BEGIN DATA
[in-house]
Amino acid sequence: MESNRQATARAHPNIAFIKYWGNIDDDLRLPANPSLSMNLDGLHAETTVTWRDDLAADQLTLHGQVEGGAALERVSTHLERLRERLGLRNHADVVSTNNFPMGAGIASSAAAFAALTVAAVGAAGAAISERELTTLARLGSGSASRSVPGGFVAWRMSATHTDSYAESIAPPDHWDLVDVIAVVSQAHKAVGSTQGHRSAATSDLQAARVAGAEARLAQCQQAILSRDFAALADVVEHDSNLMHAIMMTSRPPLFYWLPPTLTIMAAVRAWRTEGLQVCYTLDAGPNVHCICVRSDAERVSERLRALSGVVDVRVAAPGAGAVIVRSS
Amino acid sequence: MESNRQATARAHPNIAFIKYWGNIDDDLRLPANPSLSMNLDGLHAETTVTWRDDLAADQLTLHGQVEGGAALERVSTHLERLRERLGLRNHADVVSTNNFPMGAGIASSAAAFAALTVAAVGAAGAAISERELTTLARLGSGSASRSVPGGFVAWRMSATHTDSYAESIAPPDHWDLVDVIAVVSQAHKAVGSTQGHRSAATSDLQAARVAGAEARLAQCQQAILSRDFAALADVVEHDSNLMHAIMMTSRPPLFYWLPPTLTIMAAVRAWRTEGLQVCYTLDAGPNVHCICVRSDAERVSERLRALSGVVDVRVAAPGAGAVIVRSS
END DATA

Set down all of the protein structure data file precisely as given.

[in-house]
Amino acid sequence: MESNRQATARAHPNIAFIKYWGNIDDDLRLPANPSLSMNLDGLHAETTVTWRDDLAADQLTLHGQVEGGAALERVSTHLERLRERLGLRNHADVVSTNNFPMGAGIASSAAAFAALTVAAVGAAGAAISERELTTLARLGSGSASRSVPGGFVAWRMSATHTDSYAESIAPPDHWDLVDVIAVVSQAHKAVGSTQGHRSAATSDLQAARVAGAEARLAQCQQAILSRDFAALADVVEHDSNLMHAIMMTSRPPLFYWLPPTLTIMAAVRAWRTEGLQVCYTLDAGPNVHCICVRSDAERVSERLRALSGVVDVRVAAPGAGAVIVRSS
Amino acid sequence: MESNRQATARAHPNIAFIKYWGNIDDDLRLPANPSLSMNLDGLHAETTVTWRDDLAADQLTLHGQVEGGAALERVSTHLERLRERLGLRNHADVVSTNNFPMGAGIASSAAAFAALTVAAVGAAGAAISERELTTLARLGSGSASRSVPGGFVAWRMSATHTDSYAESIAPPDHWDLVDVIAVVSQAHKAVGSTQGHRSAATSDLQAARVAGAEARLAQCQQAILSRDFAALADVVEHDSNLMHAIMMTSRPPLFYWLPPTLTIMAAVRAWRTEGLQVCYTLDAGPNVHCICVRSDAERVSERLRALSGVVDVRVAAPGAGAVIVRSS